Hoping to Make iPhone Toys as a Full-Time Job

The New York Times has an article up about the “iPhone Gold Rush”. It features iShoot developer Ethan Nicholas, and is pretty well written, go check it out. I’m not quite sure why it is in the fashion section, but at least it has some good sources. Like Ars Technica’s Erica Sadun.

A Politico’s Look Inside Obama’s bank CEOs meeting

Politico has posted a look inside Obama’s meeting with the CEOs of various banks. My opinion is that they sound like they’re still a bunch of shortsighted libertarian lunatics with no interest in even pretending to appeal to the greater good. But, hey, we all have opinions, and I think you should read this article and have one.

Mr. Belarcadere

There is a piece of software called Belarc Advisor that can spec out your PC super-quick and seems incredibly helpful. Unlike Magic Jelly Bean Keyfinder, which is a good tool to have as well, Belarc Advisor not only gets the keys for various pieces of Windows Software, but also checks out the status of your (Windows-only) machine’s security hotfixens and displays your system specfications.

It does this all in a web browser and then gives you links to where each piece of software it finds is installed.

About the only downsides I can find are that this isn’t free software and it doesn’t display licenses for game software.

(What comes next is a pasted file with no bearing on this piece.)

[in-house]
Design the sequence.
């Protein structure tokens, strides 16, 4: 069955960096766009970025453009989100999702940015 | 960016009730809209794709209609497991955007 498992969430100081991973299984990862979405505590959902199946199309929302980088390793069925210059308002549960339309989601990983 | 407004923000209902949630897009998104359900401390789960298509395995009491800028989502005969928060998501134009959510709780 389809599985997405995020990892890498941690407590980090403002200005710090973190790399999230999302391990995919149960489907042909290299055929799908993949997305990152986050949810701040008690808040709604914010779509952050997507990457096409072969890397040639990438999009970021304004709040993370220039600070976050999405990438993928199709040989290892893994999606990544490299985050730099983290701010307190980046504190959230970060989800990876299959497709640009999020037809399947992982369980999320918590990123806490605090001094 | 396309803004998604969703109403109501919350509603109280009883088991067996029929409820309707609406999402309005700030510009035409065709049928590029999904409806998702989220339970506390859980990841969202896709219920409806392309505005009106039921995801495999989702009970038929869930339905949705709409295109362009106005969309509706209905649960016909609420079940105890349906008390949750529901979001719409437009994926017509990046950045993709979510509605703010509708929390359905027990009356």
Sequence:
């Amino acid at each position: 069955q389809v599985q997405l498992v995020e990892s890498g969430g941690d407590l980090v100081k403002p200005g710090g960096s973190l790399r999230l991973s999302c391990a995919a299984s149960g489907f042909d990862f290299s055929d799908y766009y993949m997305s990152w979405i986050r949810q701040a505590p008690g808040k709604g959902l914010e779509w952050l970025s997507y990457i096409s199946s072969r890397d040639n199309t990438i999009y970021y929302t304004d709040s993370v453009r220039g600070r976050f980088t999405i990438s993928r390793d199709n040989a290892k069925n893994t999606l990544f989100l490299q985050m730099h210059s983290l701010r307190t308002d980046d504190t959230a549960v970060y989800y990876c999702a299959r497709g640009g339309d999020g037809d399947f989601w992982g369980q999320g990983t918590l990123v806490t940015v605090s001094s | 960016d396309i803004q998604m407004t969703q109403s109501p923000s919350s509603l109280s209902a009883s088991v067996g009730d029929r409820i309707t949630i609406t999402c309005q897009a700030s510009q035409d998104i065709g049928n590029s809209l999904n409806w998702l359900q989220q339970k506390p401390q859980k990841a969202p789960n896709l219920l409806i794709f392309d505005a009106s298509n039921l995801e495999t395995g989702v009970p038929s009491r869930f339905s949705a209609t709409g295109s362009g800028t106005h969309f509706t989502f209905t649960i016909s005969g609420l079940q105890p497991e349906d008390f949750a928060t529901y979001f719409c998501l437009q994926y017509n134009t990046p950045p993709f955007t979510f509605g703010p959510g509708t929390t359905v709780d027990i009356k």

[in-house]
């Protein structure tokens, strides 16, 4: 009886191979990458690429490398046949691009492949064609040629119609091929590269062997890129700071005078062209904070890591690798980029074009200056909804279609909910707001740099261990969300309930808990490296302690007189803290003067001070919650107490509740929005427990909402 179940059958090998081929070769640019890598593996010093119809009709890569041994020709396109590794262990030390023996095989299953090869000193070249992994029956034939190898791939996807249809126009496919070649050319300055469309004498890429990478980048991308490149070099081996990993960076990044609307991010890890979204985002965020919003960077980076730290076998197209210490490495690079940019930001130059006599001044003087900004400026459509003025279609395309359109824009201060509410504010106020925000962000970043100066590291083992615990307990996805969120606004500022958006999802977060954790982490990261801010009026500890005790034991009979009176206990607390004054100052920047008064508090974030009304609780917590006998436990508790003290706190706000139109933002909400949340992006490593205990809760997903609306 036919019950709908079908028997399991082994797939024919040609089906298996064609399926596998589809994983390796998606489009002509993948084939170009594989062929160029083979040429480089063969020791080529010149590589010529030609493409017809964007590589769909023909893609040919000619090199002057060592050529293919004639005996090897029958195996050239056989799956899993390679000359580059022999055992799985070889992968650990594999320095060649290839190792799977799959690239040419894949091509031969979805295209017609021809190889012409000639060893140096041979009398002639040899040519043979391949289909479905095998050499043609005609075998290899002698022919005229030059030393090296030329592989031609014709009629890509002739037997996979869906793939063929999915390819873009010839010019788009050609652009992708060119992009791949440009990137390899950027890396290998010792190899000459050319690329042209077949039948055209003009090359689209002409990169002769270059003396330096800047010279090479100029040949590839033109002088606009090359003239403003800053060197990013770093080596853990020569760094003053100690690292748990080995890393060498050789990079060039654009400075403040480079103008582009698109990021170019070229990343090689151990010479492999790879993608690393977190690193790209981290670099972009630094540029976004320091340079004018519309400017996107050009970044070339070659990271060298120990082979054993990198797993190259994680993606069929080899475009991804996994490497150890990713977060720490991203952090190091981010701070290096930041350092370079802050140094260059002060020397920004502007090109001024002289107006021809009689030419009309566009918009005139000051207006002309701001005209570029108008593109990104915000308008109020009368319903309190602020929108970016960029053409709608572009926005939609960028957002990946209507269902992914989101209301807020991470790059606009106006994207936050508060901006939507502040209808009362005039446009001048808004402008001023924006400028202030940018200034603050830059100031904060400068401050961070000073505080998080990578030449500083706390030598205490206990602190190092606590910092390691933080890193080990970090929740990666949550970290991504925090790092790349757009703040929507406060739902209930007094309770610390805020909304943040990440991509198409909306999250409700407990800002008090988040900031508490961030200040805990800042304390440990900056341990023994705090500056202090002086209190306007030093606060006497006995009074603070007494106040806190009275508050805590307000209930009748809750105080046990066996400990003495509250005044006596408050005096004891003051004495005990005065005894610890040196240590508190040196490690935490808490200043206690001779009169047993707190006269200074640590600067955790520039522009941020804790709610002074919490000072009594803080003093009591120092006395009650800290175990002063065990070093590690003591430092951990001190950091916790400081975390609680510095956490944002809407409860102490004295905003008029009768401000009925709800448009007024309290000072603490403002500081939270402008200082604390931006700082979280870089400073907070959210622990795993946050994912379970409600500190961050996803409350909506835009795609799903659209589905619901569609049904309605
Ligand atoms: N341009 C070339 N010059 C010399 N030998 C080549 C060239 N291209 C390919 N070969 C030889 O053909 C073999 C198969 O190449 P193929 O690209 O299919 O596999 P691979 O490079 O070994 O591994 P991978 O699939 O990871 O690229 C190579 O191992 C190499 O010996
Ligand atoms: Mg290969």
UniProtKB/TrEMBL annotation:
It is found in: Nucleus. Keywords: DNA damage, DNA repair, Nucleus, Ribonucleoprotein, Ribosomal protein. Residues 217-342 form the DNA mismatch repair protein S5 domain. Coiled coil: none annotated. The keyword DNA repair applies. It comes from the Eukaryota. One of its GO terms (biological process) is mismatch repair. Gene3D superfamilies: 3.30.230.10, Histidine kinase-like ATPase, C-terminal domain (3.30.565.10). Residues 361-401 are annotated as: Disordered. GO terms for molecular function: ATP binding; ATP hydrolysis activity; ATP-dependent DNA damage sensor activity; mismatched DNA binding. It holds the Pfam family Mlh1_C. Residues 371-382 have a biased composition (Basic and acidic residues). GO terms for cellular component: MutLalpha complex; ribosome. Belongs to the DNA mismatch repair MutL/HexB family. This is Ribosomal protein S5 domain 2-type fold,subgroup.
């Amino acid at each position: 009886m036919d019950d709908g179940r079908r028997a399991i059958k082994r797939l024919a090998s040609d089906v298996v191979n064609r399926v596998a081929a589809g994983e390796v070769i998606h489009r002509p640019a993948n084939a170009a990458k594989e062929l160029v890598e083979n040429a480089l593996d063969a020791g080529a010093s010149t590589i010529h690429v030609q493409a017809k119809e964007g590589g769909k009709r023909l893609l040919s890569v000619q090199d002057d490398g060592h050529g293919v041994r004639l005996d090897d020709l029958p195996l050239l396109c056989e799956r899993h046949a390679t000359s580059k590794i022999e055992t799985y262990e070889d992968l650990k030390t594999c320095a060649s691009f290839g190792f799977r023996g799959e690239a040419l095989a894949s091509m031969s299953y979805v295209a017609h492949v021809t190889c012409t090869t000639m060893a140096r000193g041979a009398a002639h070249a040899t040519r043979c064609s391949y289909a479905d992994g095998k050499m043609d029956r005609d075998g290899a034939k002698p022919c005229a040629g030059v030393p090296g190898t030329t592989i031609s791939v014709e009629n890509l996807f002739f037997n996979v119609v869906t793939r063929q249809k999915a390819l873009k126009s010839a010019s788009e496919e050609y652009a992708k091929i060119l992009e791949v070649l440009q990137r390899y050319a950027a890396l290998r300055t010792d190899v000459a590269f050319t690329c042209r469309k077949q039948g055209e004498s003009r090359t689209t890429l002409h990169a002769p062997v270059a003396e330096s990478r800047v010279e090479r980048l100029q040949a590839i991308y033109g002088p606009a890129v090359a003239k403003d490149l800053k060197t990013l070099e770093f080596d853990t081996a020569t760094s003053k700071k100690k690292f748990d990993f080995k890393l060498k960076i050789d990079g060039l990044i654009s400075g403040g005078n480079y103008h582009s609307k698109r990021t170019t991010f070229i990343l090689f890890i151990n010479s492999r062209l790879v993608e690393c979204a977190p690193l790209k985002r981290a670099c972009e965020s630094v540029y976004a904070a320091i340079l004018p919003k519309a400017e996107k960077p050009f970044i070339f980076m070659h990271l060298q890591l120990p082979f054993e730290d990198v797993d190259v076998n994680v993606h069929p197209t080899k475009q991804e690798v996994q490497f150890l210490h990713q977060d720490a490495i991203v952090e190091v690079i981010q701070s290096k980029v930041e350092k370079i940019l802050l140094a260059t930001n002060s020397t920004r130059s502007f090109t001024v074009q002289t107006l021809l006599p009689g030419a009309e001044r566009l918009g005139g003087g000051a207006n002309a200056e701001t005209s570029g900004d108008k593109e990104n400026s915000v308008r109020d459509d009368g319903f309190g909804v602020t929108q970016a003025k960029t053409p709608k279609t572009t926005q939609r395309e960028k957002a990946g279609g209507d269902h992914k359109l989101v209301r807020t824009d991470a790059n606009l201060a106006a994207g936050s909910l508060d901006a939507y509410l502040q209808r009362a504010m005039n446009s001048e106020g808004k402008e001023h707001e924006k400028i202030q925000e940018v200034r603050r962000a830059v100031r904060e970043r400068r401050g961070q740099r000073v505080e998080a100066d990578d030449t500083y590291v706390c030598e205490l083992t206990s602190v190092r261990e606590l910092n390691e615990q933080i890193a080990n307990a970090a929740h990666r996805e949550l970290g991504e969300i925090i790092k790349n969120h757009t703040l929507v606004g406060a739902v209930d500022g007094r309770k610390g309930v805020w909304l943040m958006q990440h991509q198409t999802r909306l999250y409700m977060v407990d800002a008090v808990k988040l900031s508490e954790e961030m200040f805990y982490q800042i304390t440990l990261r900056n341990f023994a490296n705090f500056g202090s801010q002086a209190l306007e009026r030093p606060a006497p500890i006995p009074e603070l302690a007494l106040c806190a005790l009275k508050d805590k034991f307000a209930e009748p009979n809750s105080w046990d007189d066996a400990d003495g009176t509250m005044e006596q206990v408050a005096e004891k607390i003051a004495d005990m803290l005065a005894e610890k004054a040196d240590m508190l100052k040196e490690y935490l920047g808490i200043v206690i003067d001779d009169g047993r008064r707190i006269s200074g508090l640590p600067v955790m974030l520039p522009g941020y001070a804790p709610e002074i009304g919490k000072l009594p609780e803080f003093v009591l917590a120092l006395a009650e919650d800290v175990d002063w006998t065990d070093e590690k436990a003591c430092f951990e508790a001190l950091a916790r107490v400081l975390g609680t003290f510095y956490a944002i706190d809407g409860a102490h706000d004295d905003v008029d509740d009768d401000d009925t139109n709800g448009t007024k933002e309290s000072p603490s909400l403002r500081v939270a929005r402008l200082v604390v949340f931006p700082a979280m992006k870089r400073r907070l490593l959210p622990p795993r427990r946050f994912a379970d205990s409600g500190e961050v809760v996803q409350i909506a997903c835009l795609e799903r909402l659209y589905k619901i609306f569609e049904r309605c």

I suppose neither is surprising coming from a business-oriented services company, but oh well.

Some days you want to sneak one in on your NBC exec.

One of my guilty pleasures is watching random series shows from the 90s and 80s. Somewhat recently this has meant watching a spin-off sitcom from the people that brought you Cheers called Frasier.

It takes the character of Dr. Frasier Crane (Kelsey Grammer) who was merely a fixture in the bar and builds a goofy little life around him. Unfortunately it also removed some of his willingness to be social with the working class and maybe made the show a little too clean for TV, oh well. It ran for 11 seasons and produced two-hundred and sixty-four episodes.

I find it amusing mainly since I can turn it on and do something else while it remains in the background, unlike Lost which really requires your attention to get the full experience.

Anyway, that was an excessively long introduction to get to the point of telling that there’s a post up on Ken Levine’s blog where he describes an interesting turn of events for the show’s production. The producers and the writers of the show worked together to hide a rather significant detail from the network until it aired. I’d tell you what that is, but that would spoil the joy of reading the article and finding out some behind-the-scenes details of a television sitcom.